Kasey Chambers + Thelma Plum @ Taronga Zoo 10/02/17

by Profile photo of Alec SmartAlec Smart . Updated: 1 year ago
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Kasey Chambers + Thelma Plum

Twilight at Taronga Zoo, Mosman, Sydney, 10 February 2017


Review by Alec Smart


Kasey Chambers, the multi-ARIA Award-winning country-folk artist, performed a Twilight At Taronga sunset concert in the grounds of Taronga Zoo, Sydney, on Friday 10 February 2017. Support came from Thelma Plum, Triple J Radio’s 2012 Indigenous Artist of the Year.


When Thelma Plum first took to the stage with her two accompanying musicians, she seemed nervous and distracted. However, once she started singing, the crowd of picnickers unpacking hampers and removing corks from wine bottles paused their activities to show admiration – she has a distinct and pleasant voice.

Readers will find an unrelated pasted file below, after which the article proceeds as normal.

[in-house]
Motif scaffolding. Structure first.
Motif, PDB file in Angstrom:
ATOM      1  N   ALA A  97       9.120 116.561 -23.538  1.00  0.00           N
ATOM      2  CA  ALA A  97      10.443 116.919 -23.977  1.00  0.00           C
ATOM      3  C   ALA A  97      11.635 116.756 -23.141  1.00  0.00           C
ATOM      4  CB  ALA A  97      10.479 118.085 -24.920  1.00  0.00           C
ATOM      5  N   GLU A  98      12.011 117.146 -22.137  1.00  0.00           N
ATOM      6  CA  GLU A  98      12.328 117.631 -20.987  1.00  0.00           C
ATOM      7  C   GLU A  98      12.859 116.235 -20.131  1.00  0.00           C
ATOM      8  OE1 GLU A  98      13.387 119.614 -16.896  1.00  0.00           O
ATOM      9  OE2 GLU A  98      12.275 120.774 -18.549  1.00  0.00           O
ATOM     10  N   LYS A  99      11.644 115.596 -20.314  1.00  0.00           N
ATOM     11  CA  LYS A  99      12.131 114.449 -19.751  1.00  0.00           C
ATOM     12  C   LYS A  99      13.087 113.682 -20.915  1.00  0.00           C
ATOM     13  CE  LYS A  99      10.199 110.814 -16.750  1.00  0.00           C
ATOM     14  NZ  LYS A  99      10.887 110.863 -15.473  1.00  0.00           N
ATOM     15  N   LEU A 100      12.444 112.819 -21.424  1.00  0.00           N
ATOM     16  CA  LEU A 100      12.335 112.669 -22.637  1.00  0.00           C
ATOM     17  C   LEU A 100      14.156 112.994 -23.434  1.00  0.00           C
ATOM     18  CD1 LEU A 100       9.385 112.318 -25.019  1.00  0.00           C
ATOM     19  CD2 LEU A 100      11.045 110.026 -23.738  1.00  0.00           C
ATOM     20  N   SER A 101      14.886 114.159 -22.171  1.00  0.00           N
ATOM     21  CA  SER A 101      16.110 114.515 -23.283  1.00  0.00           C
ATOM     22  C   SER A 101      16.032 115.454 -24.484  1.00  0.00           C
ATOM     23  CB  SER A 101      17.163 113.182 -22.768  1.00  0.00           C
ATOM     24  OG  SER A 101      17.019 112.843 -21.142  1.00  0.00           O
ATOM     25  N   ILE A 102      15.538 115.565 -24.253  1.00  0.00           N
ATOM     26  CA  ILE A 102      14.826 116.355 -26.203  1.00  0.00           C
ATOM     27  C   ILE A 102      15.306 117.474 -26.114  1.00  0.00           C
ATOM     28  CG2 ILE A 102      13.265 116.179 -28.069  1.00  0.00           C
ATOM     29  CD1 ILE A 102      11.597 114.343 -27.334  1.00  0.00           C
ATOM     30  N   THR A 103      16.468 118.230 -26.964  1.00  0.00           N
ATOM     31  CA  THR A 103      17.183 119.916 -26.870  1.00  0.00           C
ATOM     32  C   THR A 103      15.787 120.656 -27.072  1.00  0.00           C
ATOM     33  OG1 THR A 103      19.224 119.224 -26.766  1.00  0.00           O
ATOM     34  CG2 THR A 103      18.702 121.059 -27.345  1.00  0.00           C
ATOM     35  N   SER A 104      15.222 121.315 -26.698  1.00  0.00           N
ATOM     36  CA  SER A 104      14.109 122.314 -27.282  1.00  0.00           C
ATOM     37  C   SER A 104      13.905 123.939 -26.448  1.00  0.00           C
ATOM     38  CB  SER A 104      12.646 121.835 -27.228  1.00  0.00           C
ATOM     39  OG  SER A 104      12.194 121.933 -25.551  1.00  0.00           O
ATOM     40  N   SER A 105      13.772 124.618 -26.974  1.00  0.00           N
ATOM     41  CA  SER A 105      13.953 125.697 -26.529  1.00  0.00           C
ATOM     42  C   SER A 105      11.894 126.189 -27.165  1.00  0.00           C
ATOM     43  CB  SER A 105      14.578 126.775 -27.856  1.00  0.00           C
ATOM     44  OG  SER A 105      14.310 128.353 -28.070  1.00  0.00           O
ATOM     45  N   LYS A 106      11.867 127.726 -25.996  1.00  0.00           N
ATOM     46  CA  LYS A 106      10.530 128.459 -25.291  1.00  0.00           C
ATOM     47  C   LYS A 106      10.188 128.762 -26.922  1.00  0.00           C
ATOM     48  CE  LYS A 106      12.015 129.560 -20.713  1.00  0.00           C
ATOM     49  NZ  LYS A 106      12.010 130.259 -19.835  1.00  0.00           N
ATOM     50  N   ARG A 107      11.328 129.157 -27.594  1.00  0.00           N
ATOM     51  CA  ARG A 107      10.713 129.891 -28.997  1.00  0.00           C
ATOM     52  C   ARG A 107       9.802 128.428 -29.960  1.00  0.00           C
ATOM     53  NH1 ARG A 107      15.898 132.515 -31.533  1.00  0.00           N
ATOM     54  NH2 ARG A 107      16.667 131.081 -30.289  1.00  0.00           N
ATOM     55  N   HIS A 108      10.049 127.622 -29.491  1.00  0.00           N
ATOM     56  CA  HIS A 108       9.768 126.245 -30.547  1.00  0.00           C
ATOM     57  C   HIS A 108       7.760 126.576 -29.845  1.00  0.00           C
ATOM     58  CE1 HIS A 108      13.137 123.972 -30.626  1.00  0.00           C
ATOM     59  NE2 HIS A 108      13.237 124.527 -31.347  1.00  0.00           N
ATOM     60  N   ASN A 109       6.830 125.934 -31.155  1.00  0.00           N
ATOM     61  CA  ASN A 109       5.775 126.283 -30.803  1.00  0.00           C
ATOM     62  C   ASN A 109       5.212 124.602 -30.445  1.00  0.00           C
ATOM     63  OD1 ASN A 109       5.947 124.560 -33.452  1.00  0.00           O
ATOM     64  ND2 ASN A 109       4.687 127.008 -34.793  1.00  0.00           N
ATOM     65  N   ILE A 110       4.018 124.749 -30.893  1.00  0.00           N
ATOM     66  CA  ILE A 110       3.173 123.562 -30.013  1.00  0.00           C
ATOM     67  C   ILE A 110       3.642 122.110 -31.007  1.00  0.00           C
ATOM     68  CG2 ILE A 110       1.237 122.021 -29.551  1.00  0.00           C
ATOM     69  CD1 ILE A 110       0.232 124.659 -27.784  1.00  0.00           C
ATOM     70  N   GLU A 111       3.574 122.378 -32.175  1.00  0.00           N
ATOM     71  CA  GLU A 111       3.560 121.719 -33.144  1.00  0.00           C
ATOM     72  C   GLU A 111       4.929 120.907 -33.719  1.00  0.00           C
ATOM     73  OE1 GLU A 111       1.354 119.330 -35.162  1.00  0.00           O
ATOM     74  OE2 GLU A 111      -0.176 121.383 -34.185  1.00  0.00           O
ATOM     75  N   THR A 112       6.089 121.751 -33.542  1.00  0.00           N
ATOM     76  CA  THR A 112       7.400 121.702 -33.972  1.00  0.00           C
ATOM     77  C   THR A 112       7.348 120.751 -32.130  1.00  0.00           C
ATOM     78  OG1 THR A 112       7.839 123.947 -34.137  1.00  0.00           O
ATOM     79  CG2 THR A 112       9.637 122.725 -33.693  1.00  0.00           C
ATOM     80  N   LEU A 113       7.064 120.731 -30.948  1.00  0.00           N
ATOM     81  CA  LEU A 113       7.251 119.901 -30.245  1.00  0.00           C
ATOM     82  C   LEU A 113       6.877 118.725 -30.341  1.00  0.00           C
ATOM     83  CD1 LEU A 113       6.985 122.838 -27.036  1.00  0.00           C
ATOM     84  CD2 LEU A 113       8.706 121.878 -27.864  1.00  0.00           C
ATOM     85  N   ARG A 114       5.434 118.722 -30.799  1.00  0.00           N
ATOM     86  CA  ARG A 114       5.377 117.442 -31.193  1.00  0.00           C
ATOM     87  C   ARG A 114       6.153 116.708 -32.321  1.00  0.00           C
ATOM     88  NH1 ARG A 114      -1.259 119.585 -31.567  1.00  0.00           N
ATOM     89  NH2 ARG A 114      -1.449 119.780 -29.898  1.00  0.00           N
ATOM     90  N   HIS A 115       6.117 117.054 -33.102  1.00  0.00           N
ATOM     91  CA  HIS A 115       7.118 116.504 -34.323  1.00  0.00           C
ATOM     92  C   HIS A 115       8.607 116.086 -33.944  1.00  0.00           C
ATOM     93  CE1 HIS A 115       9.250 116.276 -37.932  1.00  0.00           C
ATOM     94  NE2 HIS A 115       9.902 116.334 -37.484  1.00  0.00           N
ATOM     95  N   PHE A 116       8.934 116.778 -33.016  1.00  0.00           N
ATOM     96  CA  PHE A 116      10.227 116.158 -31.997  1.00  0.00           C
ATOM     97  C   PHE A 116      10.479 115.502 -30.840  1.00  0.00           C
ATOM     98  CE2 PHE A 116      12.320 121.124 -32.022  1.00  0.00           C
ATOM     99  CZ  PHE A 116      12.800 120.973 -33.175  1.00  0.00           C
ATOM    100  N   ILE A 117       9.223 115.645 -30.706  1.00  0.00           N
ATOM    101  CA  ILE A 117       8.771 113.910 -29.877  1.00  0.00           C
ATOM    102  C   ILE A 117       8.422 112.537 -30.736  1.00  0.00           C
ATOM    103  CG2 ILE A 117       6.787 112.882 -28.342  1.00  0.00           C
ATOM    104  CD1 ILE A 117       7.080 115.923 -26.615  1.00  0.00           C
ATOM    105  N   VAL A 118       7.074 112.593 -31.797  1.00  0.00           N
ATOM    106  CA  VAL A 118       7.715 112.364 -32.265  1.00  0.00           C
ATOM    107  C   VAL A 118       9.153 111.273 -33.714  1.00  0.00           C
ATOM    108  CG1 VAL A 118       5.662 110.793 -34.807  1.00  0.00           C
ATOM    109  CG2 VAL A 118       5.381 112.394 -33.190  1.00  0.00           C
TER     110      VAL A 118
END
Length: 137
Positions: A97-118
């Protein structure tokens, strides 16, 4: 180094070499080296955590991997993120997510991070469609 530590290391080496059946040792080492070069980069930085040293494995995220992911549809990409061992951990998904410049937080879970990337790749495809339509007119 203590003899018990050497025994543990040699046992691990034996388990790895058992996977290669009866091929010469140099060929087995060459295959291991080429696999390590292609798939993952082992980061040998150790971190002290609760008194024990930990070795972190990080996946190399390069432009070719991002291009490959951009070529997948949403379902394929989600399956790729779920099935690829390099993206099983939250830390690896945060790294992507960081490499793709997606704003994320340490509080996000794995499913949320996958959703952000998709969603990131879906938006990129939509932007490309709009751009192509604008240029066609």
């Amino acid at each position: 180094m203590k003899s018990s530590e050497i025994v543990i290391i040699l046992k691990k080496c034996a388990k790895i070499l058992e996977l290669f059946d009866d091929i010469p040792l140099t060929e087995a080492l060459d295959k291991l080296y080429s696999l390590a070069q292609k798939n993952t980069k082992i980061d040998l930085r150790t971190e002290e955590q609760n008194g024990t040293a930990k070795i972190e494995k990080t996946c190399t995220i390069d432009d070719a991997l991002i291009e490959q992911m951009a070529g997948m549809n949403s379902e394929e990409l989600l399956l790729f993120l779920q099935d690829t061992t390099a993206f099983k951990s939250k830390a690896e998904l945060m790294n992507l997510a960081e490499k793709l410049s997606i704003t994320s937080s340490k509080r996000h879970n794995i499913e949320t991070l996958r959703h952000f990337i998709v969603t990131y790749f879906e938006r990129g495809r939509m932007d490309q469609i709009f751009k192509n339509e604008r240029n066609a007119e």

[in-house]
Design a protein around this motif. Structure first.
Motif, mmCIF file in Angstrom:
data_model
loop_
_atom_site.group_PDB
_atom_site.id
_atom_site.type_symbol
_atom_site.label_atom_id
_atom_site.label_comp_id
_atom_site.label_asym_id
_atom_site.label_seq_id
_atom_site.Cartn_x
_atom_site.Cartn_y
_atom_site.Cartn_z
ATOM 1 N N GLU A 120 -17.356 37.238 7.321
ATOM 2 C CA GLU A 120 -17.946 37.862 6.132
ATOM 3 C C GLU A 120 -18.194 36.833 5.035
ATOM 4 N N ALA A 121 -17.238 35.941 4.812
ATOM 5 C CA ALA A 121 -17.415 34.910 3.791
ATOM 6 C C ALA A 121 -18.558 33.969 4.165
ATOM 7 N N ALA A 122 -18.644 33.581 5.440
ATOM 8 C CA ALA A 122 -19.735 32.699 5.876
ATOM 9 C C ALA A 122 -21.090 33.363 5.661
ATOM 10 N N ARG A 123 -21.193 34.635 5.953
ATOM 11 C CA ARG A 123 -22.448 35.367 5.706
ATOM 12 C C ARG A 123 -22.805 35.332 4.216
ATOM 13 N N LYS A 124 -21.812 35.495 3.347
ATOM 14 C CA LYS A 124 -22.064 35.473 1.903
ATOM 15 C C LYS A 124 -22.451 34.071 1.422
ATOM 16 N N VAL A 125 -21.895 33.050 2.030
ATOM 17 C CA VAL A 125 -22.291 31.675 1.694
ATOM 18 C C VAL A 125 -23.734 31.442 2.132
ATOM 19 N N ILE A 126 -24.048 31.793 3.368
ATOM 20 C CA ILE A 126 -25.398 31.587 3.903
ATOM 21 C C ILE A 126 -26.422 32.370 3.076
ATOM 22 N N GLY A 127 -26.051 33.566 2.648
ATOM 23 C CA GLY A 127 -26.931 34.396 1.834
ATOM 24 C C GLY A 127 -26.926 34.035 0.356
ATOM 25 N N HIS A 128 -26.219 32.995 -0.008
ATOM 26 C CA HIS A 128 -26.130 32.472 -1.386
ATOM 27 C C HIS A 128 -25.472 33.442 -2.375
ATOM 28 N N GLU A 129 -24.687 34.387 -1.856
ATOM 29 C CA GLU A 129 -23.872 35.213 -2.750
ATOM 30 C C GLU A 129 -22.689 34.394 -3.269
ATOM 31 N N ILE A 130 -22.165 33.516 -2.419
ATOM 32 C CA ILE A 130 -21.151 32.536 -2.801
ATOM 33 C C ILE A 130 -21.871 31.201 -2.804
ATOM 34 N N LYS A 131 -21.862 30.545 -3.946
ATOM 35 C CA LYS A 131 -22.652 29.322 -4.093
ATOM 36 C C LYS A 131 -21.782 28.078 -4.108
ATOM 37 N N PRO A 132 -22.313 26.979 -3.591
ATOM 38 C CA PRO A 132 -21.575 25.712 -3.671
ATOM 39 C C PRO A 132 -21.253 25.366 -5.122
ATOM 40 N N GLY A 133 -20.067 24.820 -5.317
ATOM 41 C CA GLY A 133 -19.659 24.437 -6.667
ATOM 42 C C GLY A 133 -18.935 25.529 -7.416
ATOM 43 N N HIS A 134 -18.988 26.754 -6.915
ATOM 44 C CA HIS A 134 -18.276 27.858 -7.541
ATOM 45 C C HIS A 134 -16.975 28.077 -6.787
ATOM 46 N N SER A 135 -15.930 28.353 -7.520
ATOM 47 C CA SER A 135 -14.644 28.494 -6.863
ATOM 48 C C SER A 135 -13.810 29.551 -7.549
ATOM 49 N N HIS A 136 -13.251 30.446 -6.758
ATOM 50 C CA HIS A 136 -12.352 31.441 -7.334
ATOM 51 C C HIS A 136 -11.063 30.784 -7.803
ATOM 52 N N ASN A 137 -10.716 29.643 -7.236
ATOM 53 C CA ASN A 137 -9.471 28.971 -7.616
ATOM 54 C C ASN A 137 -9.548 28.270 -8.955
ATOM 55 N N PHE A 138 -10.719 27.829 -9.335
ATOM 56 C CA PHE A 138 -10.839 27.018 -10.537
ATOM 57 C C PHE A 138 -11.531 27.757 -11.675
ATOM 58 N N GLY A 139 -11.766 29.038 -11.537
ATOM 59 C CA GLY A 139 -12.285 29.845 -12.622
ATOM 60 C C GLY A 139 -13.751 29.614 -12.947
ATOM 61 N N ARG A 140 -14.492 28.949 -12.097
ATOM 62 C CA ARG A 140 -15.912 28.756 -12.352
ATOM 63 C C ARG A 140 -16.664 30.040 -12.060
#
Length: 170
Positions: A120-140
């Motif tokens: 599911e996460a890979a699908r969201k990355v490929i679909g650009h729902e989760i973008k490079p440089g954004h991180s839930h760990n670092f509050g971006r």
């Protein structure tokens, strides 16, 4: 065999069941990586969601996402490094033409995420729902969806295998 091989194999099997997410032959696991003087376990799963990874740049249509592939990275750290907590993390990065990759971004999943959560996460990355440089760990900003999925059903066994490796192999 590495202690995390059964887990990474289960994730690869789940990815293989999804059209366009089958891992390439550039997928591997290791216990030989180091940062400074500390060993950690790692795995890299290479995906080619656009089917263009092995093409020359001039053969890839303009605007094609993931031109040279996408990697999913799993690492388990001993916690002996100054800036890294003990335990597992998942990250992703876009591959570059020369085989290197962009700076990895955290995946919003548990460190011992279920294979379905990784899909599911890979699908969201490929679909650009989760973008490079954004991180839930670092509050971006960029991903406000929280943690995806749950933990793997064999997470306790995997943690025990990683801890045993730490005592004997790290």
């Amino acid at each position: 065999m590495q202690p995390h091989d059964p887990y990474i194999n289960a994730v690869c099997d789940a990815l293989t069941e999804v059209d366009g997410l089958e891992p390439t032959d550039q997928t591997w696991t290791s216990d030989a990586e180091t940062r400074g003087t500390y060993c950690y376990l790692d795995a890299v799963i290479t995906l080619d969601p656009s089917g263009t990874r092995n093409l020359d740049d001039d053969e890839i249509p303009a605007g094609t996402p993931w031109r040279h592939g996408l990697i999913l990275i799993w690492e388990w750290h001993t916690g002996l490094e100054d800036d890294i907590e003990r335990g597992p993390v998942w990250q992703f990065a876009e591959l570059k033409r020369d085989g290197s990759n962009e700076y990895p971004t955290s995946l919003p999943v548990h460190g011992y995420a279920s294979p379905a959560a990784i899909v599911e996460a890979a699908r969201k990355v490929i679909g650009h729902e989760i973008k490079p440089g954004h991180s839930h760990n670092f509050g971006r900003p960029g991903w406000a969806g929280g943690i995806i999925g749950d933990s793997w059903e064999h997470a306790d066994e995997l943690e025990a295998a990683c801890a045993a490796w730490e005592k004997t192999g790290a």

Since winning Triple J Radio’s 2012 Indigenous Artist award, Plum has been busy performing – she headlined a nationwide 10-date tour, Unromantic Breakups – and recording, releasing two EPs – Rosie (2013), and Monster (2014). A recent collaboration with indigenous hip-hop duo A.B. Original on their song I.C.U. appeared on their Aboriginal-themed album Reclaim Australia, which topped the charts last Xmas.


Plum’s debut album, recorded in New York (where, coincidentally, she also had her passport stolen), is also due for imminent release.

At the Taronga Twilight show she highlighted several songs from the forthcoming album, including Swimming After Dark and Father Said, which, in keeping with her musical style, utilize digital vocal loops, percussion and haunting synthesizer.